By Mariama Diallo
The new leader of Gabon’s junta is due to be sworn in as president of the central African republic on Monday, but the opposition is asking for power to be handed over to civilians.
Gabon is the latest country to fall into the hands of a military junta, adding to a record-setting eight coups in three years in sub–Saharan Africa.
While the coups bear some similarities, this latest one has notable differences, according to Sean McFate, professor at the National Defense University.
“The major difference is that Gabon is close to Paris unlike, say, Mali or Burkina Faso where there is a lot of anti-French sentiment in the population and in the government,” McFate said. “Another thing that is different is that the president really isn’t … it’s questionable about the validity of his elections. You’ve had one ruling family there since 1967.”
The military junta, under the leadership of Brice Oligui Nguema, annulled last week’s election results that would have handed a third term to President Ali Bongo, who’s under house arrest.
“This is not the Niger coup, where you have a democratically elected president who has been removed in a scenario that appears that the coup makers were advancing personal interest rather than national interest,” said Kwaku Nuamah, a senior lecturer at American University’s School of International Studies. “In the Gabonese case, you have someone whose family has dominated the country, for a long time has misruled and is not popular.”
Bongo’s family has been in power for 56 years in the manganese, timber, and oil-rich central African country of Gabon.
Some of the countries bordering Gabon, including Cameroon, Equatorial Guinea, and the Republic of Congo, have some of the longest-sitting presidents on the continent.
“There is a likelihood we can see contagion in other places where the military has to step in to remove long-serving civilian rulers who are under performing. That’s the danger,” Nuamah said.
The African Union suspended Gabon’s membership on Thursday. The Economic Community of Central African States condemned the coup as well, saying it will convene a special session to discuss this most recent military takeover in the region.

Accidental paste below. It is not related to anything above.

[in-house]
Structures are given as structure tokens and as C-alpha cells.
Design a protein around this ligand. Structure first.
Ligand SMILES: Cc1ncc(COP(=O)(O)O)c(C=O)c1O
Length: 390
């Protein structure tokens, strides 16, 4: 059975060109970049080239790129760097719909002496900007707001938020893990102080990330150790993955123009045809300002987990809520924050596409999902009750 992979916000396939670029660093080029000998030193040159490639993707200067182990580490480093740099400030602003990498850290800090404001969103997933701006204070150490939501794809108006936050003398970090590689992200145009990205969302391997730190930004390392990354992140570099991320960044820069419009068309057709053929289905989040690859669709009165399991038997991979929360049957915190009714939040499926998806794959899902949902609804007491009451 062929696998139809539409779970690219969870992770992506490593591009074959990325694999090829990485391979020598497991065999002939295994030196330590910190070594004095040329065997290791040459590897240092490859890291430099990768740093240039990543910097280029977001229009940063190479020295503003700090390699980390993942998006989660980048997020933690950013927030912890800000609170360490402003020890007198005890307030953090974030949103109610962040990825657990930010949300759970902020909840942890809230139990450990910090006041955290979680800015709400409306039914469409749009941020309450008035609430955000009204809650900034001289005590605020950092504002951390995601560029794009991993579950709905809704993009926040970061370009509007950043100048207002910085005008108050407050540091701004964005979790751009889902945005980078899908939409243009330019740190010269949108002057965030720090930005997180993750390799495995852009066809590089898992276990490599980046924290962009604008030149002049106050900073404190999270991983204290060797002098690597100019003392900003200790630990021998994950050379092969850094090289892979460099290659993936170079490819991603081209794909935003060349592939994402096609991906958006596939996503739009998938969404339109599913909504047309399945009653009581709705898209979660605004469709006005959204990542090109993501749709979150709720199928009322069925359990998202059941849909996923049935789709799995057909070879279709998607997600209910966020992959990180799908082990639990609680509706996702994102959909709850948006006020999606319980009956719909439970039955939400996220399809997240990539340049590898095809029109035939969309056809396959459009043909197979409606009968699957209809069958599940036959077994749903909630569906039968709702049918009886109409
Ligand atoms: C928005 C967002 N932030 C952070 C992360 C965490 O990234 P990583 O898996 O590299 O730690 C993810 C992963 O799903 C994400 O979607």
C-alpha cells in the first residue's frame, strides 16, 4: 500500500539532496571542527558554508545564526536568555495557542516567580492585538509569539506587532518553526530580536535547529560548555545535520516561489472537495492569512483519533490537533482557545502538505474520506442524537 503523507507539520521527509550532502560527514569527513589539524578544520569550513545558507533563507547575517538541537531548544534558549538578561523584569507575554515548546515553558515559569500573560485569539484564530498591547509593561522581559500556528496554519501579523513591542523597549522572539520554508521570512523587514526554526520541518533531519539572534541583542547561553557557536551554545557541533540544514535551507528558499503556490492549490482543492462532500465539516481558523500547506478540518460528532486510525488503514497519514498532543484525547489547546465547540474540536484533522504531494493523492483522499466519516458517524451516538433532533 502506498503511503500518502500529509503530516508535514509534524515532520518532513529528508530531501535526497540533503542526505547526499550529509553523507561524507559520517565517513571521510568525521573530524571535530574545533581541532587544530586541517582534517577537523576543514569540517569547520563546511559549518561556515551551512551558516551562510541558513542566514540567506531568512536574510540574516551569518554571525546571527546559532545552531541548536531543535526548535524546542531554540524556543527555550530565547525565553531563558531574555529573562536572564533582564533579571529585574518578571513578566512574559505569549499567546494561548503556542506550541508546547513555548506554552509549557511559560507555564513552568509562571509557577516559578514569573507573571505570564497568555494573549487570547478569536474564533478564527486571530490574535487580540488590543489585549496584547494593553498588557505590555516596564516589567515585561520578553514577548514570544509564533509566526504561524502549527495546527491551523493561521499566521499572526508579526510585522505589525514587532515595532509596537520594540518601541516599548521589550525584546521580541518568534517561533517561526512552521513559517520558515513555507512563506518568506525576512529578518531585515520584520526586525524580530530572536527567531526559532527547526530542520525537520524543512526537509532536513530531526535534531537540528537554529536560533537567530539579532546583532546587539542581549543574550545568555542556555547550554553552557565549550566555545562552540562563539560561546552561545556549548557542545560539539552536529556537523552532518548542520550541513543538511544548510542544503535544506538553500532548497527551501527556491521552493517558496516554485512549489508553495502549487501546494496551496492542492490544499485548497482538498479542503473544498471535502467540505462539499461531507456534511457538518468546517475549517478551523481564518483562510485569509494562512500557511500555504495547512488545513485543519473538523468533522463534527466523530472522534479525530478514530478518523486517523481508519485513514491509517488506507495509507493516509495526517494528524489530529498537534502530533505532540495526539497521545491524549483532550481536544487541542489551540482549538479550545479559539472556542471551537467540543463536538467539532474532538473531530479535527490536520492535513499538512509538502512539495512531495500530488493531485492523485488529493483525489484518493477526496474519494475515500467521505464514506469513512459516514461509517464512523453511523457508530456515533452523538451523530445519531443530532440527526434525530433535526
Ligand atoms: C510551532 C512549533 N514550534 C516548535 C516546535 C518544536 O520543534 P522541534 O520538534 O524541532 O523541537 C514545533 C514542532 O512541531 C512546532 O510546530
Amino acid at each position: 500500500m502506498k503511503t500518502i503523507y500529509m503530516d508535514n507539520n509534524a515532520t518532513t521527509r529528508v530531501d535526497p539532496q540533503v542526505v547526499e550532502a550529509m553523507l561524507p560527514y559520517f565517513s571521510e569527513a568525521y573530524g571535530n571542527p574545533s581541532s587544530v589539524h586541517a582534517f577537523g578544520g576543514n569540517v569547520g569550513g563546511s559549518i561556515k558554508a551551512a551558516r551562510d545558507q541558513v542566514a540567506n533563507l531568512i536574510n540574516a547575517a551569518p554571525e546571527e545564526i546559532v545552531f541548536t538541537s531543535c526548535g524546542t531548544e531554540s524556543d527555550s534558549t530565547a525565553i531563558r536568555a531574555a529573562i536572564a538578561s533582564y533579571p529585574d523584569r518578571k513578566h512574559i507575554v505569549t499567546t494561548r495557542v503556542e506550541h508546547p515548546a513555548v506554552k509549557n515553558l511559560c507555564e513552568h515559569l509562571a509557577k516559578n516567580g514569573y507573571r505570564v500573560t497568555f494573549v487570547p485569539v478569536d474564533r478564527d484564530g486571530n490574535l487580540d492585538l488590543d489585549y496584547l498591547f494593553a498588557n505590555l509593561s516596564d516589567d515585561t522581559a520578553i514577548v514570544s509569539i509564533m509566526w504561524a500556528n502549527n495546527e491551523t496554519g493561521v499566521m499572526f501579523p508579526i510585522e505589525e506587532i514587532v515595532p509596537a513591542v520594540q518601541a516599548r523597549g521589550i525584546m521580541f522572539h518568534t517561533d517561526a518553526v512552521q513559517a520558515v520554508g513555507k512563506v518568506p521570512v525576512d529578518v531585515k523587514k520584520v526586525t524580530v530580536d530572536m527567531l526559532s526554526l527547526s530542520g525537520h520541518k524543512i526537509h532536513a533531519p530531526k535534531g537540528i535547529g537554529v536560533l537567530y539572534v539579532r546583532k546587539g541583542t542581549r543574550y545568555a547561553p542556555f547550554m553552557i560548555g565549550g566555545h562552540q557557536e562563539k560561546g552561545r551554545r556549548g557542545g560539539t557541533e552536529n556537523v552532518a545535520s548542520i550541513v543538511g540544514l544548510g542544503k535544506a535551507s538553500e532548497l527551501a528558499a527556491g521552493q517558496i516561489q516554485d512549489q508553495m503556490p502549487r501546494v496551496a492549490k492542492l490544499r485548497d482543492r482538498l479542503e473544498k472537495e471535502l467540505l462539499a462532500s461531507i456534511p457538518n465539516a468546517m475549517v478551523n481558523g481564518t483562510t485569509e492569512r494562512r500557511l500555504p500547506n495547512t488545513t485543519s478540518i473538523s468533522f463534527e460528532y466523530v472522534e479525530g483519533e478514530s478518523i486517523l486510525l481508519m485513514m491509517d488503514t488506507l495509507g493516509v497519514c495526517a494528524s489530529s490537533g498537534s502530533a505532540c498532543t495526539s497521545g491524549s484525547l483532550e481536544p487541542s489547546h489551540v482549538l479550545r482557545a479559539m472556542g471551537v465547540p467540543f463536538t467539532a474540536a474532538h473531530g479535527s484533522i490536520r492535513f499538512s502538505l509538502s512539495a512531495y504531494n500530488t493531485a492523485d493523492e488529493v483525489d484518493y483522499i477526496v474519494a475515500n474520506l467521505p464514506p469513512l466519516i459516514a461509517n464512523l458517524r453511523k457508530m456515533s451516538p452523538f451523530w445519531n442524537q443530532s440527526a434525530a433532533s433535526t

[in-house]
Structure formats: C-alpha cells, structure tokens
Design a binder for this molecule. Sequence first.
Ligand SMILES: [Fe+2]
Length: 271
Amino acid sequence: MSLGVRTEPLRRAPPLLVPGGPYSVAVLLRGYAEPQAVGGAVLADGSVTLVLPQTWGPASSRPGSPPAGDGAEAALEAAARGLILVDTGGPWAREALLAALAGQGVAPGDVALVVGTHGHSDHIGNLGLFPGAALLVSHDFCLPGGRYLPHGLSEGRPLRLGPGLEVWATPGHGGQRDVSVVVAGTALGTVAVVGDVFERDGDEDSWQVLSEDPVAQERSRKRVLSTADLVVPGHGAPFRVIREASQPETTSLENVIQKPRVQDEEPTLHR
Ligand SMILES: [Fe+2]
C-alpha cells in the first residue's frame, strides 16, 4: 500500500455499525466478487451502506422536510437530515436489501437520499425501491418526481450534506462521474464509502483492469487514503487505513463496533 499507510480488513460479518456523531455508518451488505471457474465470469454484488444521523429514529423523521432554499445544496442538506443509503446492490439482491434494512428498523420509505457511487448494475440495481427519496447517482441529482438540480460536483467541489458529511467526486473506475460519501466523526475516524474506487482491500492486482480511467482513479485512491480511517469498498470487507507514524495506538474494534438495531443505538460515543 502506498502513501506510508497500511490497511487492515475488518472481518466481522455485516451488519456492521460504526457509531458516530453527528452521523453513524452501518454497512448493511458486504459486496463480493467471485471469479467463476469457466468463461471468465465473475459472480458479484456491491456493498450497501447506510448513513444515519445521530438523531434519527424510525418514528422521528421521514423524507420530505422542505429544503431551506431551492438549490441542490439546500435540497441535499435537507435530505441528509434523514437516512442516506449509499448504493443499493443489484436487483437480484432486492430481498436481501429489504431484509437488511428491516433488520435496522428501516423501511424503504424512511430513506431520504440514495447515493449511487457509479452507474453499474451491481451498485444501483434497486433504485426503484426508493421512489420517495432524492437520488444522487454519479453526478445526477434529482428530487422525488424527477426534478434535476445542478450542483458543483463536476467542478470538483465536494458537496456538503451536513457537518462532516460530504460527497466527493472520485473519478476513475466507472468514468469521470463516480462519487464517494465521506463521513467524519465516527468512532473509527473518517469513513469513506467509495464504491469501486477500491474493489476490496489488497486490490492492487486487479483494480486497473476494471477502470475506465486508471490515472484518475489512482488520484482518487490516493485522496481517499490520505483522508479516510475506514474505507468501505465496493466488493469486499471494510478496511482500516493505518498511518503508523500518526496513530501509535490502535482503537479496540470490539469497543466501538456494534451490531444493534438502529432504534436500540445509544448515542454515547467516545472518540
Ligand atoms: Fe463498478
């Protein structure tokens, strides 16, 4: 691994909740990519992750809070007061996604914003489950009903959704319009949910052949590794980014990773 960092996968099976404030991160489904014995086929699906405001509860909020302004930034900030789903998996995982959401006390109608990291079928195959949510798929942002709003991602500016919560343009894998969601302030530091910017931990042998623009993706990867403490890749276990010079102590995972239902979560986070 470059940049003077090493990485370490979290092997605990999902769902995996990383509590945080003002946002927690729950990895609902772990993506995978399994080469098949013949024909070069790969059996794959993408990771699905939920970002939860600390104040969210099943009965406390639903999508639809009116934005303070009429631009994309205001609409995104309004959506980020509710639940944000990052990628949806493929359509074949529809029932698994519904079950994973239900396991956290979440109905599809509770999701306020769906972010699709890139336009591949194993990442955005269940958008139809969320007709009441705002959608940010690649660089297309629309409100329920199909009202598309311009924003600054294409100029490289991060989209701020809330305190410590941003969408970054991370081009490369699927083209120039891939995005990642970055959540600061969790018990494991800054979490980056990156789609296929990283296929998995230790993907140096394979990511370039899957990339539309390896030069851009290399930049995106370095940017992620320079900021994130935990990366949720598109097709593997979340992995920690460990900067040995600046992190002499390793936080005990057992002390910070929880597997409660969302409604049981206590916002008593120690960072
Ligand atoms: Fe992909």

But Nuamah said he hopes the meeting won’t be one of issuing unenforceable ultimatums — which was the case recently with Niger versus the West African economic bloc.
The coup in Gabon was unexpected, he said, but given the past three years, it shouldn’t come as a surprise.
“It appears as if the regional and continental measures for resolving these coups or preventing them are not working. Everybody is watching how ECOWAS handles Niger,” Nuamah said. “Mali has resisted pressures to return to constitutional rule, Burkina Faso, so they look around and see the international community is unable to punish coup makers, so they plan their coups.”
ECOWAS slapped heavy sanctions and gave the Niger junta one week to hand over power or face possible military intervention. But for now, the organization says it’s giving diplomacy a chance.
For McFate, military coups are a dangerous trend for the continent, and he questions the response or lack thereof from some international organizations.
“In the world of international diplomacy, credibility is your only currency and ECOWAS blew it badly,” he said. “Also, where is the United Nations in all of this, where is the African Union? Beyond strongly worded condemnations, they are absent, they are AWOL.”
McFate and Nuamah also say democracy has recently taken a hit in many countries around the world. And while some countries like Niger and Gabon might be temporarily embracing their military juntas, the analysts say it’s no indicator the future will be better.